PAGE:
Your window seal has broken or has slowly leaked over time. While aesthetically annoying, more importantly this loss of gasses within your window, or insulated glass unit (IGU) as the industry calls it, cuts its energy-saving potential in half.
Can window seals be repaired? If not, what are the alternatives?
Why You Have Seals In The First Place
If you have double- or triple-pane windows, these windows have a factory seal around the perimeter that should remain tight--at least in theory.
This seal holds the sheets of glass (often called "lites") apart, acting as a type of frame to hold this sandwich together.
The seal traps noble (inert) gasses like argon or krypton gas and maintains a dead space that acts as a thermal break separating inside and outside temperatures.
While it appears to be one seal, it is actually two seals. The inner sealant is typically made of polyisobutylene (PIB). The outer sealant is an elastic rubber-like seal that, according to AkzoNobel, "functions as an adhesive, holding the glass unit together and keeping it tight during the service life."
Failed Seals Mean Lower Value Windows
But seals do fail; this is where the "in theory" part takes effect.
Fog and condensation that you cannot wipe off of either side of the glass may indicate a failed window seal. Distorted, wavy glass may be another indication. Rising energy bills alone are never an indication, as many things can factor into heat loss.
Overt reasons like overzealous painters wielding heat guns or homeowners with pressure washers and installers mishandling the window can cause the window seal to fail.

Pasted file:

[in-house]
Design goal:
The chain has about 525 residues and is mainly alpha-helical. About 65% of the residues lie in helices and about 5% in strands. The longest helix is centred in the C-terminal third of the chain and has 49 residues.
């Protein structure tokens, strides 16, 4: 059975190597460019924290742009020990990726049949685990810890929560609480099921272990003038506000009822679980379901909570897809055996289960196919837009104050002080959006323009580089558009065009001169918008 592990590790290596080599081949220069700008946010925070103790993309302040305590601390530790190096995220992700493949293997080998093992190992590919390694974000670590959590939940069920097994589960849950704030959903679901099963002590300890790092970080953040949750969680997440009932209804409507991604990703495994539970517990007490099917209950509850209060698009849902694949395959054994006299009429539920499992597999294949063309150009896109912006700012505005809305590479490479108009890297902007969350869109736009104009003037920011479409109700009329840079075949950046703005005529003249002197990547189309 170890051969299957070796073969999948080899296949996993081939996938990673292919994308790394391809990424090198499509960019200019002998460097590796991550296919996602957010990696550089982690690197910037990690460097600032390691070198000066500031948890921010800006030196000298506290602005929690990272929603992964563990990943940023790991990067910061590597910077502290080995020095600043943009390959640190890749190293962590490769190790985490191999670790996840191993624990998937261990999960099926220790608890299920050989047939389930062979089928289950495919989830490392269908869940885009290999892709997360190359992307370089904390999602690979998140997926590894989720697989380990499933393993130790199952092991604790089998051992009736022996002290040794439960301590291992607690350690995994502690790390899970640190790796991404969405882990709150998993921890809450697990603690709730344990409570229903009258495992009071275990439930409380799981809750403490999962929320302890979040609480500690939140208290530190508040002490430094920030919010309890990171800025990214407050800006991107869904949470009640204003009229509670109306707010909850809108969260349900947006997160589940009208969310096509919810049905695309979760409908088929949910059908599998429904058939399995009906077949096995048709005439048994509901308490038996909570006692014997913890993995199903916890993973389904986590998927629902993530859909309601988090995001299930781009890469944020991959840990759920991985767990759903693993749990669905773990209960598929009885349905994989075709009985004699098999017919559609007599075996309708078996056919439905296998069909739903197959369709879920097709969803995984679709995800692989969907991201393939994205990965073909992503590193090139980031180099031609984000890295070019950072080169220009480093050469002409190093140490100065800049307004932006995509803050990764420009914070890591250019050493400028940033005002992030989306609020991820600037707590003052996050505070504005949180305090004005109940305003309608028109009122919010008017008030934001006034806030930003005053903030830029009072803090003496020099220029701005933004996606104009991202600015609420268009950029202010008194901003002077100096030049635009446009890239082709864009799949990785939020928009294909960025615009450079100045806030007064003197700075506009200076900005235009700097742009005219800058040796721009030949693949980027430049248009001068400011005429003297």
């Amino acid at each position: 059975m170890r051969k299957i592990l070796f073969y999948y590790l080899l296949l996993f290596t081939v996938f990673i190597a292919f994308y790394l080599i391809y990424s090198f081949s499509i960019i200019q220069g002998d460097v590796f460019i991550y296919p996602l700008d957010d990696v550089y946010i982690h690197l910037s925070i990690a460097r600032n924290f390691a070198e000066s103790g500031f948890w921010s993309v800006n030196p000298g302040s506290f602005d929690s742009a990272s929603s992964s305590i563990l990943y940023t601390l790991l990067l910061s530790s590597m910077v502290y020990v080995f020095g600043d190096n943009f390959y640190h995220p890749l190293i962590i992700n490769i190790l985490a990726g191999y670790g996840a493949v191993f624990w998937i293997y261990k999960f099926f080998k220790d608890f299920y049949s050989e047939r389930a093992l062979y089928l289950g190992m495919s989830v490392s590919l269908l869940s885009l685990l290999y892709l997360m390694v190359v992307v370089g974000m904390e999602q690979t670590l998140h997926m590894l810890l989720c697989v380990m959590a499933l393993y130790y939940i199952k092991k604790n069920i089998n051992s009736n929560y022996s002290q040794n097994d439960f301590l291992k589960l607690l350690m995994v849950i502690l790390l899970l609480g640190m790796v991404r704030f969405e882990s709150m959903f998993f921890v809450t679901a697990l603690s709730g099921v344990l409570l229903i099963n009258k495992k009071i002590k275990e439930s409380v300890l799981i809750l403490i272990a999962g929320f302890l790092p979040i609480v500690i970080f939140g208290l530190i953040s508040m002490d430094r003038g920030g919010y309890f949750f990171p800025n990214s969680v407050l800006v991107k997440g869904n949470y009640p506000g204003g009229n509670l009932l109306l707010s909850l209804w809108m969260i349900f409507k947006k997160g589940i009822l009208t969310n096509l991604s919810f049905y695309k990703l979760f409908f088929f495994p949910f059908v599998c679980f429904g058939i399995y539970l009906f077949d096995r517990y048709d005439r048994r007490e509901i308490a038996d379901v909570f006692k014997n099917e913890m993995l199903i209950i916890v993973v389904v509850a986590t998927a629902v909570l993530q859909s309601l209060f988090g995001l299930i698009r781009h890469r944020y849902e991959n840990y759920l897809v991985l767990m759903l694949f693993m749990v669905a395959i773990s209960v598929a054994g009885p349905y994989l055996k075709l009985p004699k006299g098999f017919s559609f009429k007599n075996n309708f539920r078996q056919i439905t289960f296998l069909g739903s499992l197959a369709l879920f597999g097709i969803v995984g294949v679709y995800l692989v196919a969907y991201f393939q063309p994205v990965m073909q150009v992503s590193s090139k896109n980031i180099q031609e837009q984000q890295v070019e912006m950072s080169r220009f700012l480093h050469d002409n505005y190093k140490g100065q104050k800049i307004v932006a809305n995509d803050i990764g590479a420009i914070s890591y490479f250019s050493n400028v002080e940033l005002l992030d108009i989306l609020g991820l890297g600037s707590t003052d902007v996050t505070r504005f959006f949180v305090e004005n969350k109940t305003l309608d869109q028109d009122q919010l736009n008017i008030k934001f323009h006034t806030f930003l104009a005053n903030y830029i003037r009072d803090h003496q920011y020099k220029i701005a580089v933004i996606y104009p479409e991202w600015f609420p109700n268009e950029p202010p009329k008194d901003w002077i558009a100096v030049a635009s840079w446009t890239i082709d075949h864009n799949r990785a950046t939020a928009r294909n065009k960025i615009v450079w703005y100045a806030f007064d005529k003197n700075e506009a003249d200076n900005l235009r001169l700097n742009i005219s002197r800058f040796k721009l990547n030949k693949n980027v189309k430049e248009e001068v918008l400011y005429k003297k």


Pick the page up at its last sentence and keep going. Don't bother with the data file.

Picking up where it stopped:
Even if a dramatic event is not the culprit behind window seal failure, the seal is still destined to fail. Glass manufacturer PPG estimates that "[e]ven when an IGU is perfectly constructed, the gas will escape at a rate of about one percent per year, and that rate is much faster when the IGU is poorly made."
3 Solutions To Failed Window Seals
1. Call In That Warranty--Now
Ever wondered if holding onto warranties makes sense? This is why you do it. And this is why, upon purchasing a home, you should ask the seller to hand over warranty information about the windows.
Premature window seal failure means a defective product.
For example, Pella expressly guarantees that their nonlaminated windows will not experience "premature failure or permanent material obstruction of vision due to a failure of the glass seal for twenty (20) years from the date of sale."
2. Fix The Fog and Condensation Problem (But Not the Seal)
Specialty companies have captured this niche by offering defogging services.
Windows are not removed and replaced; all materials stay in place. Instead, the company drills a tiny hole in the glass and expels the moisture until the inner portion is dry. Anti-fog solution is applied to the inside of the IGU, liquid sealant added to the bottom, then a value and seal are installed in the drill holes.
One eco-friendly bonus: keeping windows from being landfilled.
Reviews of defogging are mixed. Argon and krypton gasses are not replaced. Also, the initial problem--seal failure--may not be addressed unless the seal failure was at the very bottom of the IGU.
Highly motivated DIY home remodelers can find all-inclusive starter defogging kits that will fix about 12 IGUs from Get The Mist Out. Price: about $375.
3. Leave Window "As Is"
If you live in a mild climate, you may never reap the benefits that double-paned, low-e windows have to offer.
In a home with twenty windows, one failed window seal will make little difference in your heating or cooling bills.
Formerly gas-filled IGUs that are now filled with air still do have some R-value.
AkzoNobel, manufacturer of IGU gasses, estimates that an air-filled unit has an R-value of 2. This is about half of the insulating value of a double-pane, low-e argon gas-filled unit whose R-value is 4.3.